The city’s long-running feminist bookstore, A Room of One’s Own, will officially change hands come July 1 as two employees step in to co-own and manage the business. Gretchen Treu has worked at the shop for 11 years, and Jess Lukes for just over 6. Current owners Sandi Torkildson and Nancy Geary will stay on during a transition period to assist with the handover of the business.
Internationally acclaimed fantasy novelist Patrick Rothfuss, who lives in Stevens Point, will become a silent partner in the enterprise. Treu says the two have been friendly since meeting several years ago at WisCon, a feminist science fiction and fantasy convention held annually in Madison. “He came down to do an event and we were selling books for it, and I asked him to sign stock for it, so we were hanging out while he signed a bunch of books. This was actually the weekend before the Donald Trump election. He was like, ‘You know, let’s not be too Midwestern about this, let’s see how we can make this work. This is a great store, and I want to support a progressive place.’”
Treu has been involved in running many of the shop’s events over the last decade, and Lukes joined the team after working at Avol’s Bookstore, which Room took over when it moved into the larger space, formerly occupied by Canterbury Books, in 2011. For Lukes, it’s a gratifying outcome to a winding journey: After graduating from UW Whitewater with degrees in Women’s Studies and Art, Lukes says coming to Madison and getting a job at the feminist bookstore was a major goal. Lukes’ first application was (“Very nicely!”) rejected, but things have since more than worked out.
Room of One’s Own was founded in 1975 by five women — including Torkildson — as a feminist bookstore, but evolved into a full-service bookstore.
“Sandi and Nancy have built a strong, wonderful, robust store and we’re not here to mess with that,” says Treu. “We’re dedicated to keeping the feminist roots of the store going, and becoming more intersectional, and we do that in kind of low-key ways now. Whenever I do a display, there’s no reason we should ever do a display that doesn’t have people of color in it, or trans people, etc.”
They’ll continue working in concert with the Wisconsin Book Festival, for instance, which helps leverage bigger name authors and events. Treu notes making a habit of urging publishers to have authors stop in Madison while on tour through cities like Chicago and Minneapolis. “We’re a great rest stop!” Lukes adds with a laugh.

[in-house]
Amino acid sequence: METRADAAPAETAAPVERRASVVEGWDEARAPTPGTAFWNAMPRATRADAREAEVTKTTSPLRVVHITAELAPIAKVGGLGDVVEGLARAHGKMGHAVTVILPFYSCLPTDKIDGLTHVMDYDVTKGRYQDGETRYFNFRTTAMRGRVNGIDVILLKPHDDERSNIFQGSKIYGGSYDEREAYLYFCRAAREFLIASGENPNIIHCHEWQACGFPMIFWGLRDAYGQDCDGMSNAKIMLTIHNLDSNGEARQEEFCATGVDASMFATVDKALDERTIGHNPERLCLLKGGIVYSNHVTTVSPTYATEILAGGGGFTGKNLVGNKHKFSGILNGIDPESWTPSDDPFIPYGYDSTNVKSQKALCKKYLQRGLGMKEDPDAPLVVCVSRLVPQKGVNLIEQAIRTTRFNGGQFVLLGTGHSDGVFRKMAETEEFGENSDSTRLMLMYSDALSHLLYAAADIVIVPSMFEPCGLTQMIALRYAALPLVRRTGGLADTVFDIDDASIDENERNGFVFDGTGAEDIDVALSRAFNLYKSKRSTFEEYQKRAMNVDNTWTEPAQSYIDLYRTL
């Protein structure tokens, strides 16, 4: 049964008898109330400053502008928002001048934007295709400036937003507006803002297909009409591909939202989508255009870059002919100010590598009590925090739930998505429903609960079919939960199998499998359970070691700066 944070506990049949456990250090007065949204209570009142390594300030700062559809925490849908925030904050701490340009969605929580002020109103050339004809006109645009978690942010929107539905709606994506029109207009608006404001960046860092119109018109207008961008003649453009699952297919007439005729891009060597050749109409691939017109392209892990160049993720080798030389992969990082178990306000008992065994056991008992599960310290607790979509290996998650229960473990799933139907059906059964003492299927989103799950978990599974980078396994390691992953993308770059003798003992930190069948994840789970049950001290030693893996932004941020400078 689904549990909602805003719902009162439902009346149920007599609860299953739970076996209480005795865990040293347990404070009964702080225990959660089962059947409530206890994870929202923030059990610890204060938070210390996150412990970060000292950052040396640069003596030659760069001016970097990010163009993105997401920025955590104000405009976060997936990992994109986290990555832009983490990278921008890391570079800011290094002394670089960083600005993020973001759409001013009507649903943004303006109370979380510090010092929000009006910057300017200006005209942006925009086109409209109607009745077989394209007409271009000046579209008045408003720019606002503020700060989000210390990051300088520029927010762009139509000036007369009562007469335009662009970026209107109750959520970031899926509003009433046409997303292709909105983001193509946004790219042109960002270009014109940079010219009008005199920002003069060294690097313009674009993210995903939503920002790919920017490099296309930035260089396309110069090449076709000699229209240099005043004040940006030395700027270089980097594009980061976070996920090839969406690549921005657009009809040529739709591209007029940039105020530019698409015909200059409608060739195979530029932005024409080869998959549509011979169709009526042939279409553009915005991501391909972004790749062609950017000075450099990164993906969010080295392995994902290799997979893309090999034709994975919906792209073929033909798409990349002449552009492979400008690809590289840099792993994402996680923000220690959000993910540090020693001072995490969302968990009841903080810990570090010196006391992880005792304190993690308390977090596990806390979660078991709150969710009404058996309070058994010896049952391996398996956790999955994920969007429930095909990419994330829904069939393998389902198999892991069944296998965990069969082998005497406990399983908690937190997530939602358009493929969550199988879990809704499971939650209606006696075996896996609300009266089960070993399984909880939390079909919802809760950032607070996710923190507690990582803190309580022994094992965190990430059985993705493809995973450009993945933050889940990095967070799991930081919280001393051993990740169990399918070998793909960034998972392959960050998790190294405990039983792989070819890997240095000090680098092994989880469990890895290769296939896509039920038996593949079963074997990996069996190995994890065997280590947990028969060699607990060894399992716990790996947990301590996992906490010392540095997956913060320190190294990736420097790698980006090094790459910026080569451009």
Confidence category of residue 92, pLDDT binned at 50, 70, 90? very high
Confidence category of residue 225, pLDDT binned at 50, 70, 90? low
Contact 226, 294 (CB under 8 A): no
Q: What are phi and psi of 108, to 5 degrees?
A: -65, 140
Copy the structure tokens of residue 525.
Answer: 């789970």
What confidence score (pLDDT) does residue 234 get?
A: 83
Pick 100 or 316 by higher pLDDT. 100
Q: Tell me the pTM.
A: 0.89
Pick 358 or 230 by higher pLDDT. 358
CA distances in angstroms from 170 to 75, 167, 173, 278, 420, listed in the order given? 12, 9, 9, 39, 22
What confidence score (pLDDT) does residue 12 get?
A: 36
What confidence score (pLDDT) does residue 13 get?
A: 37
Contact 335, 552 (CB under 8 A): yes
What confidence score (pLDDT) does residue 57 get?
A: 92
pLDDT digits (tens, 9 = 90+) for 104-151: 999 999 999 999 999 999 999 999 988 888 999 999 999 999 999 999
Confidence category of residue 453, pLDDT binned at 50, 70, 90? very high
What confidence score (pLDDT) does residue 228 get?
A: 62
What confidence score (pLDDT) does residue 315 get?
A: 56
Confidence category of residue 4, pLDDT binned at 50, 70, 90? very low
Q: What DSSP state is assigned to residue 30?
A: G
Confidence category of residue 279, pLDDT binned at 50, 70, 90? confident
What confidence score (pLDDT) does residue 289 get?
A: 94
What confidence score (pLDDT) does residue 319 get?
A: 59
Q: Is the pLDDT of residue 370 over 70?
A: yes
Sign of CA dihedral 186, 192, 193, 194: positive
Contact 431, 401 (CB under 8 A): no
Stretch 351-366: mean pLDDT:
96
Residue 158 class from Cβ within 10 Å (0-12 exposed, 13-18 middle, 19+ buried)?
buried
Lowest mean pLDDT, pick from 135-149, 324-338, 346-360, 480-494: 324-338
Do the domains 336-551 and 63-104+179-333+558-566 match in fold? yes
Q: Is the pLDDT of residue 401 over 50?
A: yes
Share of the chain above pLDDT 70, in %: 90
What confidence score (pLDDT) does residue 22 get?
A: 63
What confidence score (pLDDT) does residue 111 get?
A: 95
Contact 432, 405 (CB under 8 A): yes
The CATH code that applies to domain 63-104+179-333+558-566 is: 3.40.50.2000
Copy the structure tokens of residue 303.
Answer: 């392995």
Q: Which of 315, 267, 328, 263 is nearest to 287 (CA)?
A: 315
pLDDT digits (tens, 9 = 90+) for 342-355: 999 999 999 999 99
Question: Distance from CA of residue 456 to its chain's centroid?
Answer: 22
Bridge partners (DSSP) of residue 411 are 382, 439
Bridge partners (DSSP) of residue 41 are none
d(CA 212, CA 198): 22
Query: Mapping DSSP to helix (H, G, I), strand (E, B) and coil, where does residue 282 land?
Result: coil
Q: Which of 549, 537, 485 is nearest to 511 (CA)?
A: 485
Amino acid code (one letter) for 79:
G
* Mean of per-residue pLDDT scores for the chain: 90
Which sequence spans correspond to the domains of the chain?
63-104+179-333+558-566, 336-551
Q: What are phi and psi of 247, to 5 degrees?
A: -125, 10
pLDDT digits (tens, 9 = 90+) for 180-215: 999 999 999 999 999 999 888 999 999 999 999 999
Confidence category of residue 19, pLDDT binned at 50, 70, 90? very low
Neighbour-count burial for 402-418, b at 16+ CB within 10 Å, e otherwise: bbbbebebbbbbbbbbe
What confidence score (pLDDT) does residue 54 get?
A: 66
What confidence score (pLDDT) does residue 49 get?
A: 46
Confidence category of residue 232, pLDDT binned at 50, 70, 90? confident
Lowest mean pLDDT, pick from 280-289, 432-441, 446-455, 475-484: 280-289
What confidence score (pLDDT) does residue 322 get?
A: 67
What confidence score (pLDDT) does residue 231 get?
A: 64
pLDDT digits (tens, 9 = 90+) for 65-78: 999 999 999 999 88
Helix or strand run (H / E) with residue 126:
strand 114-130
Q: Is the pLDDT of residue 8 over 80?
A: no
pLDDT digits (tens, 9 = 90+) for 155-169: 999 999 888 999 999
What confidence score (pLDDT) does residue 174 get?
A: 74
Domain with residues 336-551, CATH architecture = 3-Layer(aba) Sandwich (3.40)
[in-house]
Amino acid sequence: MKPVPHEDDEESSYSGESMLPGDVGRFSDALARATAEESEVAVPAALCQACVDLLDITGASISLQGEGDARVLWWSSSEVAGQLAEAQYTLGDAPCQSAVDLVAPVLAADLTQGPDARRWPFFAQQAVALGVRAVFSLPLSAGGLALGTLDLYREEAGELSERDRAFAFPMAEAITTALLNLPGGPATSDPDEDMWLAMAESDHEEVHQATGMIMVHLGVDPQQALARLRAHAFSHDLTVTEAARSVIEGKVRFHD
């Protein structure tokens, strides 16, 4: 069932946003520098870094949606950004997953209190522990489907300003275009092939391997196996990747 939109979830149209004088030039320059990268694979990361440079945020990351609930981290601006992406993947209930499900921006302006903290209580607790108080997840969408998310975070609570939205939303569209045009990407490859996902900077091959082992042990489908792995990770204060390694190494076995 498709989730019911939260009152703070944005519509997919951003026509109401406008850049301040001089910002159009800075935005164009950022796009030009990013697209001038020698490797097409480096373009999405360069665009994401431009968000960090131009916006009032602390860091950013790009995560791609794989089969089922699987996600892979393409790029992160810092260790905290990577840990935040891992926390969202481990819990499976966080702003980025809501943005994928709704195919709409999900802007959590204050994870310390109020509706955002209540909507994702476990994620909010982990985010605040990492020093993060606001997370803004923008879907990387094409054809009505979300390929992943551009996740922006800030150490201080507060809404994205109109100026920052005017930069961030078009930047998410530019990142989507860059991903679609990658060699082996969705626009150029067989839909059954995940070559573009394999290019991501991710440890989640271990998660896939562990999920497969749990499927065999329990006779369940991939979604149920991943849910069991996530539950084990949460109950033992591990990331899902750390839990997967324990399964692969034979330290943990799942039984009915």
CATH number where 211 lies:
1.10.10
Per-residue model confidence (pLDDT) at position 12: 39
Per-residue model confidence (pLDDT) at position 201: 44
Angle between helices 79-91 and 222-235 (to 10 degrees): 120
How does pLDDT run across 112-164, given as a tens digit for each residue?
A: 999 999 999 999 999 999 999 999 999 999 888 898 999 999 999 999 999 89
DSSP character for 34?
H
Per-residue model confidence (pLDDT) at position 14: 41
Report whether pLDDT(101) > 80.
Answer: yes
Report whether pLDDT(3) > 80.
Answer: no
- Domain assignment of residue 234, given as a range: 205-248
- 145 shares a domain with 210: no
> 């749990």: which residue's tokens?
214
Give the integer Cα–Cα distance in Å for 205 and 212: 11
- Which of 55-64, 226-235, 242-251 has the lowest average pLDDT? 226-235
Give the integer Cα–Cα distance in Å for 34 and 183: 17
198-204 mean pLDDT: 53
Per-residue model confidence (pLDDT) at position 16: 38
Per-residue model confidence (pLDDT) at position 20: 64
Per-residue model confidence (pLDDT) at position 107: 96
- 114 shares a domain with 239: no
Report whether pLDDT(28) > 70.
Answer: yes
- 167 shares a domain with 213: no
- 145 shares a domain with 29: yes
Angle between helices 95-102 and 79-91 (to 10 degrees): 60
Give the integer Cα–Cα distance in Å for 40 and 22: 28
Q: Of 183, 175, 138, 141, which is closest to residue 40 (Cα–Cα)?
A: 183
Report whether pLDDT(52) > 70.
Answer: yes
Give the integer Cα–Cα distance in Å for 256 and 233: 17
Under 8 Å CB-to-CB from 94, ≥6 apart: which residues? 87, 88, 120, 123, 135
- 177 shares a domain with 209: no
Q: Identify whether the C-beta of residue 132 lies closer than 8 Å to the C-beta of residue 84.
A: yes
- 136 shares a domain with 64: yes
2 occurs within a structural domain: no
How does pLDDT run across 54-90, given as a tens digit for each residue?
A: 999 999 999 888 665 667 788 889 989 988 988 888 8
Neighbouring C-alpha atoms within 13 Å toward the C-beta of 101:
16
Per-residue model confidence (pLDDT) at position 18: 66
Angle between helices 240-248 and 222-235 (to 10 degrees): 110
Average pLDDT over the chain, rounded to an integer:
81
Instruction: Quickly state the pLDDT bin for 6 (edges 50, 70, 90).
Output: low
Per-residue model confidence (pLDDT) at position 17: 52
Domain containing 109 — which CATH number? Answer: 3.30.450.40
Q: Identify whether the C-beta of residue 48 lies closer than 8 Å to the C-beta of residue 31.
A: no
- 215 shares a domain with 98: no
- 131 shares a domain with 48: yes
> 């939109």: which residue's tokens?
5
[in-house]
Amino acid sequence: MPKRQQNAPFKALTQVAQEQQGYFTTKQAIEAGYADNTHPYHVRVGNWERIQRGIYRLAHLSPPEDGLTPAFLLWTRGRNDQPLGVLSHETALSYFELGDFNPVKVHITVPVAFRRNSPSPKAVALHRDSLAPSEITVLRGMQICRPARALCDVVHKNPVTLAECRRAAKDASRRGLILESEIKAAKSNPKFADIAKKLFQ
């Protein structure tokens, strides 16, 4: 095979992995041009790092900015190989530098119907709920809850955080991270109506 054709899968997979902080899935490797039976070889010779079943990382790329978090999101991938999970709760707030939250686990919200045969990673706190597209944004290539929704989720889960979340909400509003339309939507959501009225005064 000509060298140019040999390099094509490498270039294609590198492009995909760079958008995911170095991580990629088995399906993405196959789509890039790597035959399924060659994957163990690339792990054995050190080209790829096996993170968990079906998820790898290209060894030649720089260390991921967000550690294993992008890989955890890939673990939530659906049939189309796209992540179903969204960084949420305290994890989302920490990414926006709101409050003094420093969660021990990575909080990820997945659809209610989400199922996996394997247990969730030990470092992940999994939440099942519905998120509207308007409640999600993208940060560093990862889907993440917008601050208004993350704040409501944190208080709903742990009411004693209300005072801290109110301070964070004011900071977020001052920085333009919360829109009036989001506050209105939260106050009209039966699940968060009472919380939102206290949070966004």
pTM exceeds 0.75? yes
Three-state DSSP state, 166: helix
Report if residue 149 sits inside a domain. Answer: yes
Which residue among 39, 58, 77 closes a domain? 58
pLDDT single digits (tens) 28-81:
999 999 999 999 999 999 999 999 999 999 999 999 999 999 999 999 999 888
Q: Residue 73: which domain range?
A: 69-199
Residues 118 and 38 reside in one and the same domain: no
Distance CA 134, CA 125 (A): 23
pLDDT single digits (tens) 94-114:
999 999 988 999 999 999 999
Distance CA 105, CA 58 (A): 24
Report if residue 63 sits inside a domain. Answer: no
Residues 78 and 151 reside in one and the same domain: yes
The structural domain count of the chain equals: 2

Both Lukes and Treu agree that, especially in light of the election of Donald Trump, Room’s intersectional feminist, queer space is needed more than ever.
“People can walk in the door and feel comfortable in this space, not just in their home while online,” notes Treu. “Not to discredit being able to gather online, but there’s something to being able to have this place in our community and to interact face-to-face with people who will, you know, treat you like a human being.”
As for the business itself, Treu says things having been going especially well since the move into the larger space. “Borders closing helped us in some ways – R.I.P. Borders, I guess,” although the prophesied e-book apocalypse never quite materialized, either. Treu says that Room offers e-book and audiobook downloads through the website, but sales overall have leveled off. “People who know they’re going to be e-book people know that. It’s just part of our community, we want to have this physical space, and people still want books. We also have used books, which are really important for accessibility for low income folks, and being part of a healthy book market that keeps books flowing through the community.”
Since the official announcement of the sale and ownership transition was made through Room’s newsletter and other outlets, both Treu and Lukes say they’ve received an outpouring if support and gratitude – “sighs of relief” – from the community. They’re thrilled to help continue on the 43-year-old bookstore’s life, not just for Madison, but as part of an ever-shrinking network of independent booksellers and feminist, queer-forward community spaces.
“For me personally that’s one of the most rewarding things about this,” says Lukes. “Being part of the queer community and being one of those places where queer kids come in and say, ‘Oh you have asexual flags, and you have bisexual stickers!’ Or people thanking us for having more books in a certain section or having more diversity. We know we have a niche market, and it’s important. Even our kids LGBT section–someone says they need a book that can help a 4 year old understand gender and, it’s like, we can do that. We’ve got that.”